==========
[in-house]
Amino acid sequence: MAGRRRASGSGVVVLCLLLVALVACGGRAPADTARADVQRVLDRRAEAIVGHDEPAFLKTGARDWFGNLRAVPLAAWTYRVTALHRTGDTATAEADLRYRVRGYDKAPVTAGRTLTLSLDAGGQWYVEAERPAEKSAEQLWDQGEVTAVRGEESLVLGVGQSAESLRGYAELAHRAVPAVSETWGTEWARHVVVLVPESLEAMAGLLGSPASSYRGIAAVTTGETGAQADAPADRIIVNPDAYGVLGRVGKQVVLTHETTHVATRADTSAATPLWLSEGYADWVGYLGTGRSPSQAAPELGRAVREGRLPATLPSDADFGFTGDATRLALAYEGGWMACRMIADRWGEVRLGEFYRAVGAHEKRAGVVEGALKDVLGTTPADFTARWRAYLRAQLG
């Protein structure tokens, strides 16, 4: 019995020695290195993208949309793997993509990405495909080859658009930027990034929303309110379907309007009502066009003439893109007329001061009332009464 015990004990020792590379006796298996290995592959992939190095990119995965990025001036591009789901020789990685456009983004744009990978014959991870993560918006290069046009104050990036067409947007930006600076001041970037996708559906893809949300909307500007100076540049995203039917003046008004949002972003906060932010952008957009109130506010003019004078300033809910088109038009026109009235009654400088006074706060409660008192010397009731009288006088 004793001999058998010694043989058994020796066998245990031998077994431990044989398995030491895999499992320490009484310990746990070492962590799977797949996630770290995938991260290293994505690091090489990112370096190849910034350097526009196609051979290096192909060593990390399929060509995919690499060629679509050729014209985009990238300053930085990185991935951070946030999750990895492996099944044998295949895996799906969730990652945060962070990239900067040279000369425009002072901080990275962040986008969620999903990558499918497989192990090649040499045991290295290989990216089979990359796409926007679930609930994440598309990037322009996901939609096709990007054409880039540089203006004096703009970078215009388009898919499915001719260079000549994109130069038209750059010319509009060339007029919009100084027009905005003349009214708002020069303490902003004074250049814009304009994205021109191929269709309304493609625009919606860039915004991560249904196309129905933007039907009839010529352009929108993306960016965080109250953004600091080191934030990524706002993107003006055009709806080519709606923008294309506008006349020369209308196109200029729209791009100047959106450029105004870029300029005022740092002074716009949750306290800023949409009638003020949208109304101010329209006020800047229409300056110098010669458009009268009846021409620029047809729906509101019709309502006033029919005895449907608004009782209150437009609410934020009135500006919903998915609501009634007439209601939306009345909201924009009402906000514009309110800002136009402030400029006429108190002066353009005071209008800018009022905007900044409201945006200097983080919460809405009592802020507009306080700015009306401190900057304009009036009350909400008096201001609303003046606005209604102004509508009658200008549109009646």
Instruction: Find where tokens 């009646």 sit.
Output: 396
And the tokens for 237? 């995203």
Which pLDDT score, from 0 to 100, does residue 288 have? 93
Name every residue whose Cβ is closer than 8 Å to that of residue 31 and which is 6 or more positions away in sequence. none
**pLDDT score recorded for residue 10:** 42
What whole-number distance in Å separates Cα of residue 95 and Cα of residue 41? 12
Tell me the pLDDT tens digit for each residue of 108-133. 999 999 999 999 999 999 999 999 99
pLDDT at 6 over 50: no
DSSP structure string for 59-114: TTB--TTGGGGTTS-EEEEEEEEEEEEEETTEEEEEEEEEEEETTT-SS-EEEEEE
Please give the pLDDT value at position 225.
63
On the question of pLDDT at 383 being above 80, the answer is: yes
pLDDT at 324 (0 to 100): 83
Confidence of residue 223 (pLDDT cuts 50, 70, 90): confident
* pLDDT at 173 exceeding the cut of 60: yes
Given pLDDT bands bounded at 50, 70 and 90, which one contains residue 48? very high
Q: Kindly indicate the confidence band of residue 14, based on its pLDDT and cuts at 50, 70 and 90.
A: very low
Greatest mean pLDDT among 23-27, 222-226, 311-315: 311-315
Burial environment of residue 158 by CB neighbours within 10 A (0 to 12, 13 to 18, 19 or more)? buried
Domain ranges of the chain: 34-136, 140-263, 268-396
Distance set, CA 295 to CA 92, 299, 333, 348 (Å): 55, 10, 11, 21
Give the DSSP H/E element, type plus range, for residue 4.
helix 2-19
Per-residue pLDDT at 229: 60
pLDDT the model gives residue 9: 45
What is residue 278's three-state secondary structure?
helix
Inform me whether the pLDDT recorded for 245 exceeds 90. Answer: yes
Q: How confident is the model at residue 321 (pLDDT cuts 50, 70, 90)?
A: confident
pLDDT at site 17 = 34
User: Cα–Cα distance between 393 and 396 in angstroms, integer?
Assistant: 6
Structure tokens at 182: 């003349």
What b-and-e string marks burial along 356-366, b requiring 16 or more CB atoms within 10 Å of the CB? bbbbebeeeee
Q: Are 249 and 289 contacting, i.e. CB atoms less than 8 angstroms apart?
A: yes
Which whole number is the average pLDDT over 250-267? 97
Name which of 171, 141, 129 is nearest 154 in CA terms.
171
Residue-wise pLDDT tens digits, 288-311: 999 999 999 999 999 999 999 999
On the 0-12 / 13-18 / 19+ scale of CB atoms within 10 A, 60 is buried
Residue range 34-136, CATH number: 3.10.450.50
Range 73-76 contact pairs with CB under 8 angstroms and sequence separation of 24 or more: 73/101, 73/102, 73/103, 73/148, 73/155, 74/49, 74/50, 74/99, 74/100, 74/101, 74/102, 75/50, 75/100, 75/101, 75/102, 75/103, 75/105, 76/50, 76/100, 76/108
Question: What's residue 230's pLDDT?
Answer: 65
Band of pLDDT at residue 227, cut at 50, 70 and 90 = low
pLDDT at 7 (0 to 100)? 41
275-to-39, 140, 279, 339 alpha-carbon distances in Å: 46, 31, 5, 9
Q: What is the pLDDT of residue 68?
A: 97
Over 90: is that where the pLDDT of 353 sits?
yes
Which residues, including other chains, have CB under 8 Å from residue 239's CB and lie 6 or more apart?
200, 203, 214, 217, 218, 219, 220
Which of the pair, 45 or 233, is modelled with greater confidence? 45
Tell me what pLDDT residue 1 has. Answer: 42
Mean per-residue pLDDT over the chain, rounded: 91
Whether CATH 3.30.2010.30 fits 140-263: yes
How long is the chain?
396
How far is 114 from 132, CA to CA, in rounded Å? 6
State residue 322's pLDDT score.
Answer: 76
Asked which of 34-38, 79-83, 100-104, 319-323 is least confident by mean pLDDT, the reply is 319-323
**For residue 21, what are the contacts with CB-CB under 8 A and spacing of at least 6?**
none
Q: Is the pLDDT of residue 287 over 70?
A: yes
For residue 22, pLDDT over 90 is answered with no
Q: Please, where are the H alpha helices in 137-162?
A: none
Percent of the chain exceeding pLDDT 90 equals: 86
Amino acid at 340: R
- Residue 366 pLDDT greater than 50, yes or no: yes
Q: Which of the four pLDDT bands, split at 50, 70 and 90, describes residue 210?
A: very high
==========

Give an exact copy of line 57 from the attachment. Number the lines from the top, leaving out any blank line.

Over 90: is that where the pLDDT of 353 sits?